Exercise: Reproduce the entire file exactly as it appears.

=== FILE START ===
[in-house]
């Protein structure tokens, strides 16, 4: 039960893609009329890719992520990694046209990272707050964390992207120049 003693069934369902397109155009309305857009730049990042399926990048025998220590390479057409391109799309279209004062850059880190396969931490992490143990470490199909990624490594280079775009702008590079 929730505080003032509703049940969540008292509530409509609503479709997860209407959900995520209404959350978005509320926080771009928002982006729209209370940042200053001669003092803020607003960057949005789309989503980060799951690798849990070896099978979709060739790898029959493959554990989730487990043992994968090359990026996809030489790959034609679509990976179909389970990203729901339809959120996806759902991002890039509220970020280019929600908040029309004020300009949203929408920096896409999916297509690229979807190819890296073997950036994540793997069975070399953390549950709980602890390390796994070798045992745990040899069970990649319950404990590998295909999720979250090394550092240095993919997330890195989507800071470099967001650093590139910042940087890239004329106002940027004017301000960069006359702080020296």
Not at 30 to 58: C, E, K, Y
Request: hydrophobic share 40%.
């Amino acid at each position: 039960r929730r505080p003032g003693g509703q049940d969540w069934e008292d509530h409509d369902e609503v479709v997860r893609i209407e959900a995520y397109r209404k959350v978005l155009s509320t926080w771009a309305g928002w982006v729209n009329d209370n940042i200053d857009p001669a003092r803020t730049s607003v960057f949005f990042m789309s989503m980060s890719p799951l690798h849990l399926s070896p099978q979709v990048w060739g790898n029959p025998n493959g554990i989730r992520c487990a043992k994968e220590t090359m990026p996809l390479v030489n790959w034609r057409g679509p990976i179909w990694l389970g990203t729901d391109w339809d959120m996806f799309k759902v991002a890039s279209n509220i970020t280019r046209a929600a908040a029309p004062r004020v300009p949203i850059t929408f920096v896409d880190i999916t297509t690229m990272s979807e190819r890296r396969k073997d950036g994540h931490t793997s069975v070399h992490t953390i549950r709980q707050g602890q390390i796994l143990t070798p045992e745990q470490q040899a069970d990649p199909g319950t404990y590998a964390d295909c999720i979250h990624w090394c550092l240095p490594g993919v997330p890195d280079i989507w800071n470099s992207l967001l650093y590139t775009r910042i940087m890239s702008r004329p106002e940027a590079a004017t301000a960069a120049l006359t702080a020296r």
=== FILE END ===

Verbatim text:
[in-house]
């Protein structure tokens, strides 16, 4: 039960893609009329890719992520990694046209990272707050964390992207120049 003693069934369902397109155009309305857009730049990042399926990048025998220590390479057409391109799309279209004062850059880190396969931490992490143990470490199909990624490594280079775009702008590079 929730505080003032509703049940969540008292509530409509609503479709997860209407959900995520209404959350978005509320926080771009928002982006729209209370940042200053001669003092803020607003960057949005789309989503980060799951690798849990070896099978979709060739790898029959493959554990989730487990043992994968090359990026996809030489790959034609679509990976179909389970990203729901339809959120996806759902991002890039509220970020280019929600908040029309004020300009949203929408920096896409999916297509690229979807190819890296073997950036994540793997069975070399953390549950709980602890390390796994070798045992745990040899069970990649319950404990590998295909999720979250090394550092240095993919997330890195989507800071470099967001650093590139910042940087890239004329106002940027004017301000960069006359702080020296």
Not at 30 to 58: C, E, K, Y
Request: hydrophobic share 40%.
């Amino acid at each position: 039960r929730r505080p003032g003693g509703q049940d969540w069934e008292d509530h409509d369902e609503v479709v997860r893609i209407e959900a995520y397109r209404k959350v978005l155009s509320t926080w771009a309305g928002w982006v729209n009329d209370n940042i200053d857009p001669a003092r803020t730049s607003v960057f949005f990042m789309s989503m980060s890719p799951l690798h849990l399926s070896p099978q979709v990048w060739g790898n029959p025998n493959g554990i989730r992520c487990a043992k994968e220590t090359m990026p996809l390479v030489n790959w034609r057409g679509p990976i179909w990694l389970g990203t729901d391109w339809d959120m996806f799309k759902v991002a890039s279209n509220i970020t280019r046209a929600a908040a029309p004062r004020v300009p949203i850059t929408f920096v896409d880190i999916t297509t690229m990272s979807e190819r890296r396969k073997d950036g994540h931490t793997s069975v070399h992490t953390i549950r709980q707050g602890q390390i796994l143990t070798p045992e745990q470490q040899a069970d990649p199909g319950t404990y590998a964390d295909c999720i979250h990624w090394c550092l240095p490594g993919v997330p890195d280079i989507w800071n470099s992207l967001l650093y590139t775009r910042i940087m890239s702008r004329p106002e940027a590079a004017t301000a960069a120049l006359t702080a020296r």